Reposted from: The New York Times (14 November 2012)
A great article that illuminates a perspective in historical context many people do not see. The definition of diplomacy requires its envoys to take risks in order to accomplish the mission. Unfortunately, security of personnel or an entire compound can actually impede the effectiveness of diplomacy by sending the wrong message to our resident communities.
“Lost in all this partisan wrangling was the fact that American diplomacy has already undergone vast changes in the past few decades and is now so heavily encumbered by fortresslike embassies, body armor and motorcades that it is almost unrecognizable. In 1985 there were about 150 security officers in U.S. embassies abroad, and now there are about 900. That does not include the military officers and advisers, whose presence in many embassies — especially in the Middle East — can change the atmosphere. Security has gone from a marginal concern to the very heart of American interactions with other countries.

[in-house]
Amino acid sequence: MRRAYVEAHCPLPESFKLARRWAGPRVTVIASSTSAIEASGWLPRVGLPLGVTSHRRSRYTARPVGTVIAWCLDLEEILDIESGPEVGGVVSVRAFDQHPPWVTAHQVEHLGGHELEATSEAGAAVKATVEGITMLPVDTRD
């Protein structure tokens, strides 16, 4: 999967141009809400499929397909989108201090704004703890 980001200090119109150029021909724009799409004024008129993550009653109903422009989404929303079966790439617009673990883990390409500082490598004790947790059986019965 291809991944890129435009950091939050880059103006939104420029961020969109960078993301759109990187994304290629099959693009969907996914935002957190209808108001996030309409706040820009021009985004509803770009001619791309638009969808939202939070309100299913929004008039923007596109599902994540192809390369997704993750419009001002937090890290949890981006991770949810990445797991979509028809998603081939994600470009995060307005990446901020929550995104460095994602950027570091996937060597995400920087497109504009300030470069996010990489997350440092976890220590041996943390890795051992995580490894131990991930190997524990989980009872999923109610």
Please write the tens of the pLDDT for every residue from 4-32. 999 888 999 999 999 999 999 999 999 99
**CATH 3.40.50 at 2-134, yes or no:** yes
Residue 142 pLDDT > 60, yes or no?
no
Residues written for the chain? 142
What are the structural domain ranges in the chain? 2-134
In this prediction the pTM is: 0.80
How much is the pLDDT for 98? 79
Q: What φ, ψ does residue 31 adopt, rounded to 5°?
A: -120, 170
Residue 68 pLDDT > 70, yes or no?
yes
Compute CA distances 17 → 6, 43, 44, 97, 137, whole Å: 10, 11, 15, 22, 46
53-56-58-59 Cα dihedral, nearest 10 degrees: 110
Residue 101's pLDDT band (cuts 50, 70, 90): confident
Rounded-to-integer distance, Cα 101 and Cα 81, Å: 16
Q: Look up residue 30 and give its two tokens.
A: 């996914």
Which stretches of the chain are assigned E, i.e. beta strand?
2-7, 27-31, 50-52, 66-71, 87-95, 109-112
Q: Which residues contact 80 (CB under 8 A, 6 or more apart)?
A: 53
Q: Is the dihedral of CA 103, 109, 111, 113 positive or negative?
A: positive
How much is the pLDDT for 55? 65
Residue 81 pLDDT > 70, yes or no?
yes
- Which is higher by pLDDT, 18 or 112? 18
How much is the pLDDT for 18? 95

“The barriers are there for a reason: Stevens’s death attests to that, as do those of Americans in Beirut, Baghdad and other violent places. But the reaction to the attack in Benghazi crystallized a sense among many diplomats that risks are less acceptable in Washington than they once were, that the mantra of “security” will only grow louder. As a result, some of the country’s most distinguished former ambassadors are now asking anew what diplomacy can achieve at such a remove.”